Hurricanes and Heritage – British Colonialism in Antigua:
One of the best ways to escape the monotony of a long haul flight is to find a good film to watch. Flicking restlessly through the available movies on the Virgin Atlantic flight to Antigua I found ’Twelve Years a Slave’. On my bucket list since release, it should have been the perfect choice. But, I hesitated and in the end passed it by. Knowing I was heading to somewhere where society was at one time dominated by slavery, it seemed a disturbing option, even though the film is not, of course, set in Antigua but in the deep south of the USA. There are parts of our own cultural heritage that make me squirm. That includes the pink map – the version of the World Map that my Grandma still had in her Atlas which showed the British Empire in its full glory. And, legal slavery.
Nevertheless I wanted to learn more about colonial Antigua. My Disneyland perception was probably not helped by my friends who had spent the preceding weeks teasing me mercilessly about the Pirates of the Caribbean. Stopping at Nelson’s Dockyard I might not have blinked if Johnny Depp had walked past in full Pirate regalia. Though I might just have swooned like any wig and corset wearing lady;) . But, Antigua wasn’t the setting for the Pirates of the Caribbean, though it could so easily have been, as Nelson’s Dockyard is the only remaining Georgian dockyard in the world with many of the original buildings still standing.
When Columbus first visited Antigua in 1493, the island was populated by Ciboney, Arawak and Carib Indians, great seafarers in their own right who had made their way to the island in search of new territories. But, like much of the Caribbean, Columbus renamed it, picking a religious name for the Island – “Antigua” in 1493 in honour of the “Virgin of the Old Cathedral”, an Icon from the Cathedral in Seville. It was over a hundred years later in 1632 that British colonists settled on the island. The island quickly became Britain’s ‘Gateway to the Caribbean’ – located on the major sailing routes, with the English Harbour providing a haven from Caribbean storms.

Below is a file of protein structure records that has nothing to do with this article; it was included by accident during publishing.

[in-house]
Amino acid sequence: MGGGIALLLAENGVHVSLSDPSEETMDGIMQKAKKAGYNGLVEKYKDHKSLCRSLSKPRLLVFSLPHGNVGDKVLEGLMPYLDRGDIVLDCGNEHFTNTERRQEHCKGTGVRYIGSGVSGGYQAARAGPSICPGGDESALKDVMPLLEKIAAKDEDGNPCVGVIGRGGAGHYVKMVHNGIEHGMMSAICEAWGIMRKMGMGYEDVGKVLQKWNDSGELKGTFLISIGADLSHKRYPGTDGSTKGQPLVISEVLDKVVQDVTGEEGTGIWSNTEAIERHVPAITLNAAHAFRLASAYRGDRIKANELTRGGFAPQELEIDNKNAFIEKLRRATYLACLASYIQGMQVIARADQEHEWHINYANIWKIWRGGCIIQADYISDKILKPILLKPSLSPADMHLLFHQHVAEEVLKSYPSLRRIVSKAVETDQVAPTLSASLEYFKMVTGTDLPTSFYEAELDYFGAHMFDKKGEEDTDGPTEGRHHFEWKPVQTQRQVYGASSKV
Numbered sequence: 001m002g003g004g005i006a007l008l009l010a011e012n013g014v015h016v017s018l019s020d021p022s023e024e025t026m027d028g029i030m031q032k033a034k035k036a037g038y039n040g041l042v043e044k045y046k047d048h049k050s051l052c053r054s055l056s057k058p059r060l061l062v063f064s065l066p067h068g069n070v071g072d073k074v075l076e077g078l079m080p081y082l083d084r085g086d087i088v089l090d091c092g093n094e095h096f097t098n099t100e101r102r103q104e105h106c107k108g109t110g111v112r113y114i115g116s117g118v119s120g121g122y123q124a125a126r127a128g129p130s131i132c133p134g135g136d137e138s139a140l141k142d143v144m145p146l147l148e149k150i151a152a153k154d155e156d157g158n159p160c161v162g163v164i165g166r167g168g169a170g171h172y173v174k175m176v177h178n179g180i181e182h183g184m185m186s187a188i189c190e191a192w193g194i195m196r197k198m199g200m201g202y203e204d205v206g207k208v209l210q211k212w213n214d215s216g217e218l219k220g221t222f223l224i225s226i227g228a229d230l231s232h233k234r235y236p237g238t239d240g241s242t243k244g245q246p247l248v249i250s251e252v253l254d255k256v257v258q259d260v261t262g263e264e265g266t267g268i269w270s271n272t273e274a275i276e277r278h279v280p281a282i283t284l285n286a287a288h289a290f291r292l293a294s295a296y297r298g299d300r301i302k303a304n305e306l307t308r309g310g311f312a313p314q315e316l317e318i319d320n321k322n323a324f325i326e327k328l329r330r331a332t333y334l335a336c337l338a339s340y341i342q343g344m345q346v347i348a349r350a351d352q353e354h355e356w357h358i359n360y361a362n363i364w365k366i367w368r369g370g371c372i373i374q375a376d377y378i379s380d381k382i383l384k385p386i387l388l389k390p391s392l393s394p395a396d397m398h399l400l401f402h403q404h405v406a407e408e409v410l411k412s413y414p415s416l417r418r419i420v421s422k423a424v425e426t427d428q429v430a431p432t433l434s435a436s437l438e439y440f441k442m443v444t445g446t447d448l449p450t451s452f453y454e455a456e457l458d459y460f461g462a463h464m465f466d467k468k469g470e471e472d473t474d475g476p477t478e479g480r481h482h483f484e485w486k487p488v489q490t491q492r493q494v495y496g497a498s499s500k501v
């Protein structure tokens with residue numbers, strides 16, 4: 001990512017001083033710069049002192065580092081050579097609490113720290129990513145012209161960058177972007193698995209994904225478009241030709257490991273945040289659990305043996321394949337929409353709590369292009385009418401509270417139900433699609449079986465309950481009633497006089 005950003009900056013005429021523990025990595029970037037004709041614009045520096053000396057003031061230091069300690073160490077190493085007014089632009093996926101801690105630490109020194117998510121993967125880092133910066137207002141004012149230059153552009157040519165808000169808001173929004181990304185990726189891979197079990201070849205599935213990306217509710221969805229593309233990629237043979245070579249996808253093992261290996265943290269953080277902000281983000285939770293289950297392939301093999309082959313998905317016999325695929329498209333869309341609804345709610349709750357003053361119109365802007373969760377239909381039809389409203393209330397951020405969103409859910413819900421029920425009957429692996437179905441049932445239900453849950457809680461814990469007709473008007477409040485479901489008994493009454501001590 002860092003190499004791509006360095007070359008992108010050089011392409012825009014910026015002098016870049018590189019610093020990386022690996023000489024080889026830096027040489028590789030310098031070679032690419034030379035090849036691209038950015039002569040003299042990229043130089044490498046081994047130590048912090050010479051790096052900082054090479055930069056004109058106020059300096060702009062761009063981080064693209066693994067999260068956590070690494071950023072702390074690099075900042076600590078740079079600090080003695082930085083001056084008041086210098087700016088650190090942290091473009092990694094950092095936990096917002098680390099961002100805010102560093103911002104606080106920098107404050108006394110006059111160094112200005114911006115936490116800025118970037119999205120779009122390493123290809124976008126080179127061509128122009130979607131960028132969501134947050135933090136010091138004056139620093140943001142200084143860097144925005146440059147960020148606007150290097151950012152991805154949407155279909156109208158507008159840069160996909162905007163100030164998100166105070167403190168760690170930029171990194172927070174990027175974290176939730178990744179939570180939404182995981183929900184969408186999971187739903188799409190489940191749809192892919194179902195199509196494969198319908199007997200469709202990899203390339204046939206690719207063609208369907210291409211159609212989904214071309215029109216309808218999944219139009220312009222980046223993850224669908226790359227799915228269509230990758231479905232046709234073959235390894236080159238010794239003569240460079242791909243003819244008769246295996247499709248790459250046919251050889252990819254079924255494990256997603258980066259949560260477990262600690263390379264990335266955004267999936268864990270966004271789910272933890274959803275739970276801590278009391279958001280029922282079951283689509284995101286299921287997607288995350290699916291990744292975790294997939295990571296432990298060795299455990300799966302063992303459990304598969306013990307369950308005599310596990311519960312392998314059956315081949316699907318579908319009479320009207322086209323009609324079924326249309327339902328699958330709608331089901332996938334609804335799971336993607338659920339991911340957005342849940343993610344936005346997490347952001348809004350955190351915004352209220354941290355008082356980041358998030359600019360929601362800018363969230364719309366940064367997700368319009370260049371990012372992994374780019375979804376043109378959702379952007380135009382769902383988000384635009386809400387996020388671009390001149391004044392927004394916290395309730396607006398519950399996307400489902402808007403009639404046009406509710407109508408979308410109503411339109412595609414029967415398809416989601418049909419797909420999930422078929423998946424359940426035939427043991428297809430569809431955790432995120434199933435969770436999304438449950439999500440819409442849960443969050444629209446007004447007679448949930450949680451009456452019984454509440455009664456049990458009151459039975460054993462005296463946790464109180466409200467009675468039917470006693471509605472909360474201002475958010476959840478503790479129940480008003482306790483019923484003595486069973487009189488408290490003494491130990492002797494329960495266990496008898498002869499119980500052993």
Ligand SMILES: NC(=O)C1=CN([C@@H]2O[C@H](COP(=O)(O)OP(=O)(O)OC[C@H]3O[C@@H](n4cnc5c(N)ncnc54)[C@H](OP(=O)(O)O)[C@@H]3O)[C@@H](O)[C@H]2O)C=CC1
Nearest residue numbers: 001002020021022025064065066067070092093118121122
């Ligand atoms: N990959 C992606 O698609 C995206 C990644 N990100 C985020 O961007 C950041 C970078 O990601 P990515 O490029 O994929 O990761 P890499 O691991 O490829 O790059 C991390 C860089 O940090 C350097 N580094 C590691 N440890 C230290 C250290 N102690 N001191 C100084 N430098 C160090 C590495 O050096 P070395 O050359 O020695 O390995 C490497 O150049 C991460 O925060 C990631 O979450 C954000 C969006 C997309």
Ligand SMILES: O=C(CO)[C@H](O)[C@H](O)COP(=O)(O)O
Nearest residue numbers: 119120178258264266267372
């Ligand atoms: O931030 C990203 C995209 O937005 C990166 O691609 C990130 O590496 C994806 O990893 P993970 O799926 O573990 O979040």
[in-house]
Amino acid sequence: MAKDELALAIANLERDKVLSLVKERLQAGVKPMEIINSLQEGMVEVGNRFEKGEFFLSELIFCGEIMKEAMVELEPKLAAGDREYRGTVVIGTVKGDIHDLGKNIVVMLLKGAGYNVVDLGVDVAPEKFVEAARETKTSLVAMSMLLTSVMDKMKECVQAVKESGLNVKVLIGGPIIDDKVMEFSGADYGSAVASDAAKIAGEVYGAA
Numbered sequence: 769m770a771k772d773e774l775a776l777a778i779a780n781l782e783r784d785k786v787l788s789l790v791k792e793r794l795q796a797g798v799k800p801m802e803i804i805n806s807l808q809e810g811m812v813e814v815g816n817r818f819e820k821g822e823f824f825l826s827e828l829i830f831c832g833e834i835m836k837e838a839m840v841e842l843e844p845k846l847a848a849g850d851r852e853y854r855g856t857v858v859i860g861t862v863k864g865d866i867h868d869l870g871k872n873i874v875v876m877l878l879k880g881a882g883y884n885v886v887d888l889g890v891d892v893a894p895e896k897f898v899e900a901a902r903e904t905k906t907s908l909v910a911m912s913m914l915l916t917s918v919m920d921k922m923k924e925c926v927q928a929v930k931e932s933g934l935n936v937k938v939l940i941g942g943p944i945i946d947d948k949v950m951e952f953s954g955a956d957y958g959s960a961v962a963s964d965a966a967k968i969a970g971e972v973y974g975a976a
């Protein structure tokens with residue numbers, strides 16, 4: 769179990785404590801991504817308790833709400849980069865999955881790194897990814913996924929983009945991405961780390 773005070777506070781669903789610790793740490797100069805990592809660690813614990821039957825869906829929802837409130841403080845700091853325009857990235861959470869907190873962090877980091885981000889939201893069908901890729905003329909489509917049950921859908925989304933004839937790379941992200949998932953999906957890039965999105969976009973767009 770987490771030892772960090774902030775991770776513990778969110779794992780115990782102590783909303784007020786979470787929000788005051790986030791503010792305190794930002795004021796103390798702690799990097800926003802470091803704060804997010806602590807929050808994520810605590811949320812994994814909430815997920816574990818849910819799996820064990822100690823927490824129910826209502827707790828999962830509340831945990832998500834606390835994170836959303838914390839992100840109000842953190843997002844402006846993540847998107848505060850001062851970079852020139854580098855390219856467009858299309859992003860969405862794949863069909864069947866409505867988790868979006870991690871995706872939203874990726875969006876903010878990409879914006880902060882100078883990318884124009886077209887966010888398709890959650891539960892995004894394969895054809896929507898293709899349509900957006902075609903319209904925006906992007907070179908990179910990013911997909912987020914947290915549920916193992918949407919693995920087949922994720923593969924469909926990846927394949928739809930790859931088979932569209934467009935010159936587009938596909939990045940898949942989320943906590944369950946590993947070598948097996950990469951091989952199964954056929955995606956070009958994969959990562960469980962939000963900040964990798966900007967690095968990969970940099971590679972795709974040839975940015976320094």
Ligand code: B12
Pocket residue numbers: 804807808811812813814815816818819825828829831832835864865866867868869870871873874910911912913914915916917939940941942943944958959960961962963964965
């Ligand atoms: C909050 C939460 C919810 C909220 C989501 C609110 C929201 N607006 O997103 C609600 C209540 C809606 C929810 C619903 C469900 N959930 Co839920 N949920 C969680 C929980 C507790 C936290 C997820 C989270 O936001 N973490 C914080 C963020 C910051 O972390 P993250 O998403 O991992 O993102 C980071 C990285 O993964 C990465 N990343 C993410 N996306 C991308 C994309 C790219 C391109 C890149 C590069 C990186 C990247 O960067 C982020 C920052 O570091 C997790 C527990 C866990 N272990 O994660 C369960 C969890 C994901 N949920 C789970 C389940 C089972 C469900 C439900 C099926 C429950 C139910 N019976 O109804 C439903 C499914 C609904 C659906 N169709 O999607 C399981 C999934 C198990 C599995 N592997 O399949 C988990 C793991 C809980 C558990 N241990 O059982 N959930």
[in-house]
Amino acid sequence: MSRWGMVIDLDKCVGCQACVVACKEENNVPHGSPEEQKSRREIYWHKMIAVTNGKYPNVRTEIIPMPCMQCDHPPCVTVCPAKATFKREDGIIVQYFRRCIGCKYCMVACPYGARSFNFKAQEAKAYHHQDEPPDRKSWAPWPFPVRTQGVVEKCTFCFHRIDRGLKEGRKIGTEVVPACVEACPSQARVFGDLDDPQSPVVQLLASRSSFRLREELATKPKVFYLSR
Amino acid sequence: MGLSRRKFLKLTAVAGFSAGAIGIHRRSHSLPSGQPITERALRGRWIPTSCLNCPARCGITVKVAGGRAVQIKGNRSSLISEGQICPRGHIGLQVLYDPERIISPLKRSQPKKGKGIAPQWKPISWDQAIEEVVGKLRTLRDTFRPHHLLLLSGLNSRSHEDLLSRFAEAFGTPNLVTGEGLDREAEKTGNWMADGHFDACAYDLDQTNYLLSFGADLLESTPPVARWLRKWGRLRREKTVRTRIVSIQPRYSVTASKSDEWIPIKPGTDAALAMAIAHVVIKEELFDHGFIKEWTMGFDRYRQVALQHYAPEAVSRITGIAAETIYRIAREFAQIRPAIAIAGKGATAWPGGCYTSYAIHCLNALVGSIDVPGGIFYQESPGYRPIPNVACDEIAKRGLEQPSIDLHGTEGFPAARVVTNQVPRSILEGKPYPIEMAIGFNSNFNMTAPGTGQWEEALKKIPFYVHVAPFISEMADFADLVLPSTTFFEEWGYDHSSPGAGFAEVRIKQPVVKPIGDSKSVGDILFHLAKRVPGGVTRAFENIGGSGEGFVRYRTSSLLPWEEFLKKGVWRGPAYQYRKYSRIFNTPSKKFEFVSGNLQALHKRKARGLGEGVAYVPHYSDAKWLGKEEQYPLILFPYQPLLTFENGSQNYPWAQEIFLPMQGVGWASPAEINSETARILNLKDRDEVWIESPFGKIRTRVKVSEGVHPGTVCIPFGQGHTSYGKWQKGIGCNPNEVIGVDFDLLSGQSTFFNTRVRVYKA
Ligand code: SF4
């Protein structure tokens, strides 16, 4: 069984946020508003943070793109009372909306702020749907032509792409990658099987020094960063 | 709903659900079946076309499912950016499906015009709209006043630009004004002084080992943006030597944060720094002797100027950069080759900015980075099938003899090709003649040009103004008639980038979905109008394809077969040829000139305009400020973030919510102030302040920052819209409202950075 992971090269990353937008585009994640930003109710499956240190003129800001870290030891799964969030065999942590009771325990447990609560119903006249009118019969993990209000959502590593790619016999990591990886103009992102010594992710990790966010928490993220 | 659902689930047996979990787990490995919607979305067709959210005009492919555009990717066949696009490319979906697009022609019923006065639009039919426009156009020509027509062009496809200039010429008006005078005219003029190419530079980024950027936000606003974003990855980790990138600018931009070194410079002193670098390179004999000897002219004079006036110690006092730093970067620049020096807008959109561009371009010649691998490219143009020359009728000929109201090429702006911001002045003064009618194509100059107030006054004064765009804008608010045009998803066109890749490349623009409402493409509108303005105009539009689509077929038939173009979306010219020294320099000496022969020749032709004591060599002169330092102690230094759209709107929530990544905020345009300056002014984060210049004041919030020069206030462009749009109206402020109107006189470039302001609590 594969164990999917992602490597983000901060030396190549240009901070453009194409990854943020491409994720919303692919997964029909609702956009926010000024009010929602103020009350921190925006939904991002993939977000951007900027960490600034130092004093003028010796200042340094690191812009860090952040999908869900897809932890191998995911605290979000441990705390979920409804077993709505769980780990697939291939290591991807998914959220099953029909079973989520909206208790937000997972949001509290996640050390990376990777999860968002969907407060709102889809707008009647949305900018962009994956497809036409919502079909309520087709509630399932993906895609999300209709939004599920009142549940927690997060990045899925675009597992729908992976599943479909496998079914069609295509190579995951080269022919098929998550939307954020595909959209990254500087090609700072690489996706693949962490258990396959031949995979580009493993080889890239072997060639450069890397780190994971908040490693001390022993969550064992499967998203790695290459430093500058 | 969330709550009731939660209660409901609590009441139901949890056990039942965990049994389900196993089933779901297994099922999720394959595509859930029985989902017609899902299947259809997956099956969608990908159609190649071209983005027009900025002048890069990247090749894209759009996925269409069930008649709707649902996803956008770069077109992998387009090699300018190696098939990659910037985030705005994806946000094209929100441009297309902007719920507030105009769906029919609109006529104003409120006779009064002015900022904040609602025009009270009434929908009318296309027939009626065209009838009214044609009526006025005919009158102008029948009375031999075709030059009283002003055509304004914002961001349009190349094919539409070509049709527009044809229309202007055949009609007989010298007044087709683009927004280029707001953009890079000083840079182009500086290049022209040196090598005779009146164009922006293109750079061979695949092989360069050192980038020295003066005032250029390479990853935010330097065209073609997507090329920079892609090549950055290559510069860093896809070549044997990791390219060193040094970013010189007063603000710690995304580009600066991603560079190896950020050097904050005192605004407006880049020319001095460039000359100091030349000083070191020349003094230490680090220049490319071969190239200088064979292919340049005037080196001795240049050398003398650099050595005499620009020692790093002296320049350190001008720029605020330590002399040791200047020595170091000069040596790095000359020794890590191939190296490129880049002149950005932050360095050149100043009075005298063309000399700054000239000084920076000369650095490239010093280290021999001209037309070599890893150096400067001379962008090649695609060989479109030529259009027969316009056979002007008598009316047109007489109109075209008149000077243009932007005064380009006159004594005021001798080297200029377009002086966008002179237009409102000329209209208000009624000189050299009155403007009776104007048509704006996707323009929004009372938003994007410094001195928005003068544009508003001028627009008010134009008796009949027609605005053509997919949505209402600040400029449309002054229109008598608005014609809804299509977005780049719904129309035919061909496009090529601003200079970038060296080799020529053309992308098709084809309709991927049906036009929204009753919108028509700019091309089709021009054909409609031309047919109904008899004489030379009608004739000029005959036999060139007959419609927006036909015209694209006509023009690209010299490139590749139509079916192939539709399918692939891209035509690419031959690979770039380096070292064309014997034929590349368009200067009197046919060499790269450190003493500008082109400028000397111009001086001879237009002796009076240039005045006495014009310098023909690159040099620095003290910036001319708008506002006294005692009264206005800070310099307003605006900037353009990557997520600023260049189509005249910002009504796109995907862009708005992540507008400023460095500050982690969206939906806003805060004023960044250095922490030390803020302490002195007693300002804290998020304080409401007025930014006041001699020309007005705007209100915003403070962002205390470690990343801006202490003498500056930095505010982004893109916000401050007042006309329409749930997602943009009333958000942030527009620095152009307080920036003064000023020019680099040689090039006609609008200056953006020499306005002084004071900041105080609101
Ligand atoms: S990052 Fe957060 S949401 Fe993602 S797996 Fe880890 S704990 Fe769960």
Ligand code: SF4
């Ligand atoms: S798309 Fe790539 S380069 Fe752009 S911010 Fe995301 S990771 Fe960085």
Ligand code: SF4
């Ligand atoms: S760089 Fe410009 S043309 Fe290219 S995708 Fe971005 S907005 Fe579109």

Nelson’s Dockyard (originally ‘His Majesty’s Antigua Naval Yard’) was started in 1725 to provide a base of a squadron of British ships to patrol the Caribbean and protect the colonies from Pirates as well as from the warships of other Empire nations of the time.
Hurricanes and earthquakes are relatively rare in this part of the Caribbean, but nevertheless, seventeen cement topped pillars are all that remain of the 1797 sail loft, where the sailing boats would have docked for repairs and maintenance. The curious cement domes were added after an earthquake in 1871 destroyed much of the building. Originally the pillars would have been topped by a workshop into which the sails of the boats could be hauled up for repair once they’d docked underneath.
Other buildings have survived rather better, the Naval Officers’ house is now the site of the dockyard museum and there are restaurants and bars and even a hotel housed in the Copper and Lumber Store called by the same name.